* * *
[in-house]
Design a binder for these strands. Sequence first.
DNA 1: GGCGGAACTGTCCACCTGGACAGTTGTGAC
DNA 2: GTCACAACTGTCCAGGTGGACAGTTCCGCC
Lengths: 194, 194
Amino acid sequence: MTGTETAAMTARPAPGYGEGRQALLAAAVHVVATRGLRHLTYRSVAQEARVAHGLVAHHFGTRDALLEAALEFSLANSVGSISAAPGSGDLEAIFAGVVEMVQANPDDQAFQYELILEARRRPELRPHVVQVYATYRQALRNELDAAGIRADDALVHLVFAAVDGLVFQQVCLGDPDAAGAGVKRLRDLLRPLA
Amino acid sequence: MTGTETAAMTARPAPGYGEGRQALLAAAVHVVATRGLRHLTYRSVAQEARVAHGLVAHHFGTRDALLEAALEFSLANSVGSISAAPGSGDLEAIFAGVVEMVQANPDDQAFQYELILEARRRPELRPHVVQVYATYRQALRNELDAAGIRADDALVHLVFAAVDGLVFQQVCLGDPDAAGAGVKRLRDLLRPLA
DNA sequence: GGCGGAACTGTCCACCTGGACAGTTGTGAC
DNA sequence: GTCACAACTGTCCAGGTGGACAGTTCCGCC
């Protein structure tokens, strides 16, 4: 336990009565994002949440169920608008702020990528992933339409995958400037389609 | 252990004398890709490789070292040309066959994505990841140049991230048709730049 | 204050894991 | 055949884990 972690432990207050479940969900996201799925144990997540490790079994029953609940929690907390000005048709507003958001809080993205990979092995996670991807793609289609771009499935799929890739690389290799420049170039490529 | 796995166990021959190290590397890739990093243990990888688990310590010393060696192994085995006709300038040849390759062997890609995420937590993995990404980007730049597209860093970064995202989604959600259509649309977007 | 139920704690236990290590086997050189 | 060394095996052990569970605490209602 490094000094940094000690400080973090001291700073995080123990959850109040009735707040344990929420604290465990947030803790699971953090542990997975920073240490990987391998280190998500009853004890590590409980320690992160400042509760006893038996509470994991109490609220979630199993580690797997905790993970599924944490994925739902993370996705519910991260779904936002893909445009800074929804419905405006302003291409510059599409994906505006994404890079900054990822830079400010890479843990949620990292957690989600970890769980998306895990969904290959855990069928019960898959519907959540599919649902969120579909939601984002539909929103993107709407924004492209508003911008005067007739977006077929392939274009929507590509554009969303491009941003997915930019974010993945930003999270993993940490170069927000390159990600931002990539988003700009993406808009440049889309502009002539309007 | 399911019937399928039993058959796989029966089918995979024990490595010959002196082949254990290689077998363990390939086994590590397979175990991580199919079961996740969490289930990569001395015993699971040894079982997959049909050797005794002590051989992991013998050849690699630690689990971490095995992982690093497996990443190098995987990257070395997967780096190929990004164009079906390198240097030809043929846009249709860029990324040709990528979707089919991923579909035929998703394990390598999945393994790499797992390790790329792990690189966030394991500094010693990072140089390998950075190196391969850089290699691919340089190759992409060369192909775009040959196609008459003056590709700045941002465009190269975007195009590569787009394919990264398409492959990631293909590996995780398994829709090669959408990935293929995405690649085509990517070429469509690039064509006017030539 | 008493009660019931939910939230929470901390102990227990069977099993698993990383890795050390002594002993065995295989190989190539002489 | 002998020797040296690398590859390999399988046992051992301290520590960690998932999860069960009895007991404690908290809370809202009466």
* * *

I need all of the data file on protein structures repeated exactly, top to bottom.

[in-house]
Design a binder for these strands. Sequence first.
DNA 1: GGCGGAACTGTCCACCTGGACAGTTGTGAC
DNA 2: GTCACAACTGTCCAGGTGGACAGTTCCGCC
Lengths: 194, 194
Amino acid sequence: MTGTETAAMTARPAPGYGEGRQALLAAAVHVVATRGLRHLTYRSVAQEARVAHGLVAHHFGTRDALLEAALEFSLANSVGSISAAPGSGDLEAIFAGVVEMVQANPDDQAFQYELILEARRRPELRPHVVQVYATYRQALRNELDAAGIRADDALVHLVFAAVDGLVFQQVCLGDPDAAGAGVKRLRDLLRPLA
Amino acid sequence: MTGTETAAMTARPAPGYGEGRQALLAAAVHVVATRGLRHLTYRSVAQEARVAHGLVAHHFGTRDALLEAALEFSLANSVGSISAAPGSGDLEAIFAGVVEMVQANPDDQAFQYELILEARRRPELRPHVVQVYATYRQALRNELDAAGIRADDALVHLVFAAVDGLVFQQVCLGDPDAAGAGVKRLRDLLRPLA
DNA sequence: GGCGGAACTGTCCACCTGGACAGTTGTGAC
DNA sequence: GTCACAACTGTCCAGGTGGACAGTTCCGCC
């Protein structure tokens, strides 16, 4: 336990009565994002949440169920608008702020990528992933339409995958400037389609 | 252990004398890709490789070292040309066959994505990841140049991230048709730049 | 204050894991 | 055949884990 972690432990207050479940969900996201799925144990997540490790079994029953609940929690907390000005048709507003958001809080993205990979092995996670991807793609289609771009499935799929890739690389290799420049170039490529 | 796995166990021959190290590397890739990093243990990888688990310590010393060696192994085995006709300038040849390759062997890609995420937590993995990404980007730049597209860093970064995202989604959600259509649309977007 | 139920704690236990290590086997050189 | 060394095996052990569970605490209602 490094000094940094000690400080973090001291700073995080123990959850109040009735707040344990929420604290465990947030803790699971953090542990997975920073240490990987391998280190998500009853004890590590409980320690992160400042509760006893038996509470994991109490609220979630199993580690797997905790993970599924944490994925739902993370996705519910991260779904936002893909445009800074929804419905405006302003291409510059599409994906505006994404890079900054990822830079400010890479843990949620990292957690989600970890769980998306895990969904290959855990069928019960898959519907959540599919649902969120579909939601984002539909929103993107709407924004492209508003911008005067007739977006077929392939274009929507590509554009969303491009941003997915930019974010993945930003999270993993940490170069927000390159990600931002990539988003700009993406808009440049889309502009002539309007 | 399911019937399928039993058959796989029966089918995979024990490595010959002196082949254990290689077998363990390939086994590590397979175990991580199919079961996740969490289930990569001395015993699971040894079982997959049909050797005794002590051989992991013998050849690699630690689990971490095995992982690093497996990443190098995987990257070395997967780096190929990004164009079906390198240097030809043929846009249709860029990324040709990528979707089919991923579909035929998703394990390598999945393994790499797992390790790329792990690189966030394991500094010693990072140089390998950075190196391969850089290699691919340089190759992409060369192909775009040959196609008459003056590709700045941002465009190269975007195009590569787009394919990264398409492959990631293909590996995780398994829709090669959408990935293929995405690649085509990517070429469509690039064509006017030539 | 008493009660019931939910939230929470901390102990227990069977099993698993990383890795050390002594002993065995295989190989190539002489 | 002998020797040296690398590859390999399988046992051992301290520590960690998932999860069960009895007991404690908290809370809202009466």